London (8th May, 2006)
– Early in April, the Austrian Presidency of the EU took the lead in
conceptualising and planning an EU-wide meeting in Vienna on co-existence,
although DG Agriculture was officially a co-sponsor and did participate in
the coordination. The Austrian government is well-known for its antipathy
to agricultural biotechnology; their views were clearly apparent from the
outset as regards the agenda, the choice of speakers and the participants.
Thus, despite the “Freedom of Choice” conference title, the actual selection of agenda topics re-opened debate in many areas that have already been resolved by existing legislation: the right of consumers to choose (already guaranteed by GM labelling rules), and safety both as regards health and the environment (aspects fully covered by the legislation for placing on the market). There were many speakers who were known to be hostile to the idea of any GM crop whatsoever being grown (or even consumed) in Europe, with the list of invitees reflecting a similar bias. Not a single farmer with actual co-existence experience was invited to speak. Indeed, farmers with their own GMO experience were not specifically invited to attend although several ideologically opposed to GMOs groups were encouraged to send representatives.
The contrasts between the opening statements from Commissioners Fischer-Boel and Dimas demonstrated a potentially significant conflict in the Commission regarding GM policy.
Mrs. Fischer-Boel confirmed her unambiguous support for existing Commission policy regarding co-existence:
• EU-wide co- existence legislation is neither appropriate nor possible at this point (farming decisions should be made as close as possible to the farm level, and there is not yet enough experience with Member State measures to determine if the single market is affected)
• Civil liability should be left to the Member State level
• “GM-free” regions are only appropriate where co-existence is not possible
• The Commission will issue a new progress report in 2008 and will continue to pursue research into best practice etc.
Commissioner Dimas, by contrast, made a general attack on GMO, including voicing his opinion that EU consumers “do not want them and farmers will not grow them”. He also made the three statements not appearing in his published speech:
• “Suicide seeds” are being sold (this is not correct).
• Small farmers are being driven out of business by GM cultivation (most of the millions of GM farmers are actually small-scale farmers)
• The rainforest is being destroyed in order to plant GMOs (GMOs per se are not responsible for pressure to bring more land into cultivation).
Mr. Dimas stated that Member States should be able to implement their own co-existence measures and attacked the EU’s existing system of authorising new GMOs for placing on the market. He also stated that co-existence measures must be aimed at protecting the environment; this contradicts the long-standing Commission policy that environmental issues are dealt with in the authorisation process.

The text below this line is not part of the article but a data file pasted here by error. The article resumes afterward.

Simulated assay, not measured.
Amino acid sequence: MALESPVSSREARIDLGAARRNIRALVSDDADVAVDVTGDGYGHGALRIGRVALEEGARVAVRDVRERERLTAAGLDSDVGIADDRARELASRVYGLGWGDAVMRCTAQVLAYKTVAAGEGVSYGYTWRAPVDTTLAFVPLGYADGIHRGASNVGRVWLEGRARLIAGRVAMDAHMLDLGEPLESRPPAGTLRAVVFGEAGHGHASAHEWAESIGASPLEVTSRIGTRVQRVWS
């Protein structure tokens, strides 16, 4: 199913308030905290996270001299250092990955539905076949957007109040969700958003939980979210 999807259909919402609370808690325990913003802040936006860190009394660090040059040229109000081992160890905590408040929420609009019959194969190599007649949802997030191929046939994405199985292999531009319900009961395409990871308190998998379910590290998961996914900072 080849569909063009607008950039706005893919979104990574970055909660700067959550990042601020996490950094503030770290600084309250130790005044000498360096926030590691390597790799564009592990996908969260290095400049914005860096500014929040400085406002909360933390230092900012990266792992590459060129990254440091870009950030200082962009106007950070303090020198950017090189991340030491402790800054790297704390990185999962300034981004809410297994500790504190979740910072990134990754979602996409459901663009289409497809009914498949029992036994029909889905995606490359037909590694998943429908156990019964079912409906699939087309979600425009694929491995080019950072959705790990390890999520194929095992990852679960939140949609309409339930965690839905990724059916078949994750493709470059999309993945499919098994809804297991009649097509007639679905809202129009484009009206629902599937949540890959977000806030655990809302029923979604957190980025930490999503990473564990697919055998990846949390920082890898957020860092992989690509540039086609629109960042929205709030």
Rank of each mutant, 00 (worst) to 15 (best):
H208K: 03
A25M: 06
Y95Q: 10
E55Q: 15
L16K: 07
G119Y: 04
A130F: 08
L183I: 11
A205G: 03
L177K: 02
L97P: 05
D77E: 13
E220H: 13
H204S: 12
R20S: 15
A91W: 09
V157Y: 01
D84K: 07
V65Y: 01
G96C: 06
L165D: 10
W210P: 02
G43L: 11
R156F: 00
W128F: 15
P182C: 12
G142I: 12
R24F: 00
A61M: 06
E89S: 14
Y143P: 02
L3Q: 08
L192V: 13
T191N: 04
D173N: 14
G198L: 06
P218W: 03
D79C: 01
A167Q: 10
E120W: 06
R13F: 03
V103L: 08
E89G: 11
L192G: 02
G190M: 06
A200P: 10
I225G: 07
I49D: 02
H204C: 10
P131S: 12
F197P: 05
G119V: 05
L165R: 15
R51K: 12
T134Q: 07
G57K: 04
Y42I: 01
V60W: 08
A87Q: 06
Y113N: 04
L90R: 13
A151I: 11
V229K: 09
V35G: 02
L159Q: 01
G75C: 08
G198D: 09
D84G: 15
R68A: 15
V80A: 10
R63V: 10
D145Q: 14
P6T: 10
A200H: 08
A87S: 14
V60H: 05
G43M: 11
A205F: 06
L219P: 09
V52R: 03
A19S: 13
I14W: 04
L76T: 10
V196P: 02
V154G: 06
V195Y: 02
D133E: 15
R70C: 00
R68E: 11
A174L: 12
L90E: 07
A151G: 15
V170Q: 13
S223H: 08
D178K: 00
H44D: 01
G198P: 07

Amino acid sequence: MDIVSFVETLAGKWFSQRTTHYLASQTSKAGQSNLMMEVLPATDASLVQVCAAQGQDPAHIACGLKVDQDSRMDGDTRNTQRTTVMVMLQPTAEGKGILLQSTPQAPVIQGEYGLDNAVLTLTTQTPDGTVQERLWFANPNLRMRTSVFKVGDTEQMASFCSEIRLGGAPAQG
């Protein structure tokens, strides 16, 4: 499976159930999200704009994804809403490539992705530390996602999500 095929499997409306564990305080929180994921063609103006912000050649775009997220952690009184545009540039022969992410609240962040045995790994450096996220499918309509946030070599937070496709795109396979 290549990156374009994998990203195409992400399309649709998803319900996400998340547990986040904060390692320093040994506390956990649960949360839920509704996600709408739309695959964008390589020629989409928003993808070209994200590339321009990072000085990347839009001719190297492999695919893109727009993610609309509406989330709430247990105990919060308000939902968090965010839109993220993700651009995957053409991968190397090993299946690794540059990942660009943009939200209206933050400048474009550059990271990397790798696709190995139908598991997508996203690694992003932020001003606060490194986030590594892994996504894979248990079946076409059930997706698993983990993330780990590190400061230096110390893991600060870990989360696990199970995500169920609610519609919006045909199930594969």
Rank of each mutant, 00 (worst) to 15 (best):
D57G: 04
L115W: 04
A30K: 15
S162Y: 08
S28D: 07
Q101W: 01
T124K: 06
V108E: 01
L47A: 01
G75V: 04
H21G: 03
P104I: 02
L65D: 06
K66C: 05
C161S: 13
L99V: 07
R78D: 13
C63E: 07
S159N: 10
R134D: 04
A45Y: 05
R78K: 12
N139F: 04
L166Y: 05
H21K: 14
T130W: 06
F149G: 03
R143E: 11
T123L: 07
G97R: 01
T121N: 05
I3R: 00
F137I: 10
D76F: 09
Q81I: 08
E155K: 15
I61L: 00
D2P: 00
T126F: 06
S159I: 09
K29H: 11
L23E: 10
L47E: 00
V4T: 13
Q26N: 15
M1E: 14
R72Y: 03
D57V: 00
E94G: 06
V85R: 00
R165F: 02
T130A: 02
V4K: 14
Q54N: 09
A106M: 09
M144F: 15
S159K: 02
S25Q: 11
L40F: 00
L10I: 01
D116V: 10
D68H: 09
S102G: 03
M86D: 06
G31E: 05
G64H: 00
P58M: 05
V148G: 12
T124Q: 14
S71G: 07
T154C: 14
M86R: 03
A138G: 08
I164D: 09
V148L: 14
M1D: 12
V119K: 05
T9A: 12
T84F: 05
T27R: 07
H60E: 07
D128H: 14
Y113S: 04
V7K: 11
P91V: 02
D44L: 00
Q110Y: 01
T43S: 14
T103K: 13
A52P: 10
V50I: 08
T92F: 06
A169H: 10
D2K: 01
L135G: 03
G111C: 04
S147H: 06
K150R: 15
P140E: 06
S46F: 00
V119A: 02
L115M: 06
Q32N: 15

While some delegates unleashed extremely partisan and shrill diatribes against GMOs, much of the plenary presentations were occupied with reports by national representatives presenting details of how their national co-existence measures might work. However, this was largely theoretical because, while thousands of hectares of GM maize are cultivated in Spain, other Member States grow only limited areas of GM crops.
One potentially significant issue which surfaced several times during the conference was the need for adventitious presence thresholds for the content of approved GMOs in conventional seeds. Interestingly, there was fairly broad support for establishing thresholds, though without any detailed discussion of practical levels, for which crops, etc.
The joint closing remarks from Commissioner Fischer-Boel and Josef Pröll (Austrian Federal Minister of Agriculture, Forestry, Environment and Water Management) included the following highlights:
• Farmers should be able to choose traditional, organic, or GM production.
• There remains a need to look for ways to improve the EU’s GM decision-making process regarding product approvals.
• “There was broad agreement that common labelling thresholds for seeds are necessary”.
• There is a need for more field experience to supplement the models and simulation data.
• It was recognised that even organic crops must have thresholds for AP, though some would like the level to be lower than the 0.9% for conventional products.
• The debate on Co-existence will continue in the Council, which will express its opinion in the coming months.